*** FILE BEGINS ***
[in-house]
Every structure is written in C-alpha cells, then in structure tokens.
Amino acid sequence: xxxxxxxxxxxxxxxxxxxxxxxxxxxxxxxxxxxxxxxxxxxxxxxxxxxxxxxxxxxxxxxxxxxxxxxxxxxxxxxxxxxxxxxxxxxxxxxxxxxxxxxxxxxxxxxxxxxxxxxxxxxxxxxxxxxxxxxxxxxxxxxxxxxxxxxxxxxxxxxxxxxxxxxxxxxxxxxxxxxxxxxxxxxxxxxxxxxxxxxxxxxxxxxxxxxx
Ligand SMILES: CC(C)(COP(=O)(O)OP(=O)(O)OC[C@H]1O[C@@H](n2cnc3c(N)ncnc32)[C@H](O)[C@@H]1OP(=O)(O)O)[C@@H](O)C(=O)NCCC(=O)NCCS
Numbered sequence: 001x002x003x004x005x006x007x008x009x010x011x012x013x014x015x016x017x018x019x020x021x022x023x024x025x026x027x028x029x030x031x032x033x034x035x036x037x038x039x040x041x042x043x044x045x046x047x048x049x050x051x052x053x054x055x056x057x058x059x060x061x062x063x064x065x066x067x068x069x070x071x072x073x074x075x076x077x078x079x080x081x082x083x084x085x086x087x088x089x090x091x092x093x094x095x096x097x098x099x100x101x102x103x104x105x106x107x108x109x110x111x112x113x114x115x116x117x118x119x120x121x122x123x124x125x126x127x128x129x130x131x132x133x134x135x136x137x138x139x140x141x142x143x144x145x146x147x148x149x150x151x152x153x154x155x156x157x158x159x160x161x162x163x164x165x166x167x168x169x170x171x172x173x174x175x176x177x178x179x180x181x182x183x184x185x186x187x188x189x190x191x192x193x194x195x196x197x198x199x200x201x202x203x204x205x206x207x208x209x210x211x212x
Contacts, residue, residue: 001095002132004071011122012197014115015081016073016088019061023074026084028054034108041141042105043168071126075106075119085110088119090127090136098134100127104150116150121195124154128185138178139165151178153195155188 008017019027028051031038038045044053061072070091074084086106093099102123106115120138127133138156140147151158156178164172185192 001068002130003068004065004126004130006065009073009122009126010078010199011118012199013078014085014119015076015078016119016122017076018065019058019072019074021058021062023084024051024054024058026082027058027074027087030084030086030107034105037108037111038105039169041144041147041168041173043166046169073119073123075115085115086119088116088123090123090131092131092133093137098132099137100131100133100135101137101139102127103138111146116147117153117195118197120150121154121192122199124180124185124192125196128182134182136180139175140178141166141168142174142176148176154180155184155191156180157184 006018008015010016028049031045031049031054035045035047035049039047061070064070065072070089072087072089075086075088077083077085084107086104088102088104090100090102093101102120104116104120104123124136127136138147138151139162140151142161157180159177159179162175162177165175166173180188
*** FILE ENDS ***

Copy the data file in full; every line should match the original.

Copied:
[in-house]
Every structure is written in C-alpha cells, then in structure tokens.
Amino acid sequence: xxxxxxxxxxxxxxxxxxxxxxxxxxxxxxxxxxxxxxxxxxxxxxxxxxxxxxxxxxxxxxxxxxxxxxxxxxxxxxxxxxxxxxxxxxxxxxxxxxxxxxxxxxxxxxxxxxxxxxxxxxxxxxxxxxxxxxxxxxxxxxxxxxxxxxxxxxxxxxxxxxxxxxxxxxxxxxxxxxxxxxxxxxxxxxxxxxxxxxxxxxxxxxxxxxxx
Ligand SMILES: CC(C)(COP(=O)(O)OP(=O)(O)OC[C@H]1O[C@@H](n2cnc3c(N)ncnc32)[C@H](O)[C@@H]1OP(=O)(O)O)[C@@H](O)C(=O)NCCC(=O)NCCS
Numbered sequence: 001x002x003x004x005x006x007x008x009x010x011x012x013x014x015x016x017x018x019x020x021x022x023x024x025x026x027x028x029x030x031x032x033x034x035x036x037x038x039x040x041x042x043x044x045x046x047x048x049x050x051x052x053x054x055x056x057x058x059x060x061x062x063x064x065x066x067x068x069x070x071x072x073x074x075x076x077x078x079x080x081x082x083x084x085x086x087x088x089x090x091x092x093x094x095x096x097x098x099x100x101x102x103x104x105x106x107x108x109x110x111x112x113x114x115x116x117x118x119x120x121x122x123x124x125x126x127x128x129x130x131x132x133x134x135x136x137x138x139x140x141x142x143x144x145x146x147x148x149x150x151x152x153x154x155x156x157x158x159x160x161x162x163x164x165x166x167x168x169x170x171x172x173x174x175x176x177x178x179x180x181x182x183x184x185x186x187x188x189x190x191x192x193x194x195x196x197x198x199x200x201x202x203x204x205x206x207x208x209x210x211x212x
Contacts, residue, residue: 001095002132004071011122012197014115015081016073016088019061023074026084028054034108041141042105043168071126075106075119085110088119090127090136098134100127104150116150121195124154128185138178139165151178153195155188 008017019027028051031038038045044053061072070091074084086106093099102123106115120138127133138156140147151158156178164172185192 001068002130003068004065004126004130006065009073009122009126010078010199011118012199013078014085014119015076015078016119016122017076018065019058019072019074021058021062023084024051024054024058026082027058027074027087030084030086030107034105037108037111038105039169041144041147041168041173043166046169073119073123075115085115086119088116088123090123090131092131092133093137098132099137100131100133100135101137101139102127103138111146116147117153117195118197120150121154121192122199124180124185124192125196128182134182136180139175140178141166141168142174142176148176154180155184155191156180157184 006018008015010016028049031045031049031054035045035047035049039047061070064070065072070089072087072089075086075088077083077085084107086104088102088104090100090102093101102120104116104120104123124136127136138147138151139162140151142161157180159177159179162175162177165175166173180188